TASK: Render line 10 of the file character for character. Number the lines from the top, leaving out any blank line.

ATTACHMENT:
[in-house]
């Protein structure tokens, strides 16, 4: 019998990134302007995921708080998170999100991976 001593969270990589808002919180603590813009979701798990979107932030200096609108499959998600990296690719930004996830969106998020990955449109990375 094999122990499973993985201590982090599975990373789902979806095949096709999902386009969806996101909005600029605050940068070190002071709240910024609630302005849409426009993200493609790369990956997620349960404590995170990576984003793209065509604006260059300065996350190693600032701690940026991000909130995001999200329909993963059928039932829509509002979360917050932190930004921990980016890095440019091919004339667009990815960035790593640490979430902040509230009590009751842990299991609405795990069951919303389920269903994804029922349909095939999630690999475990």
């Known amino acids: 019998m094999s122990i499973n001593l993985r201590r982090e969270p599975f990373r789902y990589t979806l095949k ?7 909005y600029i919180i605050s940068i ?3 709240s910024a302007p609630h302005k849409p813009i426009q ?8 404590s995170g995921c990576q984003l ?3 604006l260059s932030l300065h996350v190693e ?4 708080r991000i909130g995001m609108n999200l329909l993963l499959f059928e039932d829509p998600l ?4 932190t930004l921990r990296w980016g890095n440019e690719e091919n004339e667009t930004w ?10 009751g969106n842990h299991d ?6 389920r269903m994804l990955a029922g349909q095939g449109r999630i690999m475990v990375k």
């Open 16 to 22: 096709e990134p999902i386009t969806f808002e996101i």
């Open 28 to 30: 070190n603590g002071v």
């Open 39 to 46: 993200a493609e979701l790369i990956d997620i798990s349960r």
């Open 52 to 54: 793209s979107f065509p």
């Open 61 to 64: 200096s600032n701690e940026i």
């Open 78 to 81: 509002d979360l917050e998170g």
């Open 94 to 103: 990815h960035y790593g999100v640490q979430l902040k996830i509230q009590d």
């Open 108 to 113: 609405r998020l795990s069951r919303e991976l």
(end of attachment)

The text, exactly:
């Open 94 to 103: 990815h960035y790593g999100v640490q979430l902040k996830i509230q009590d």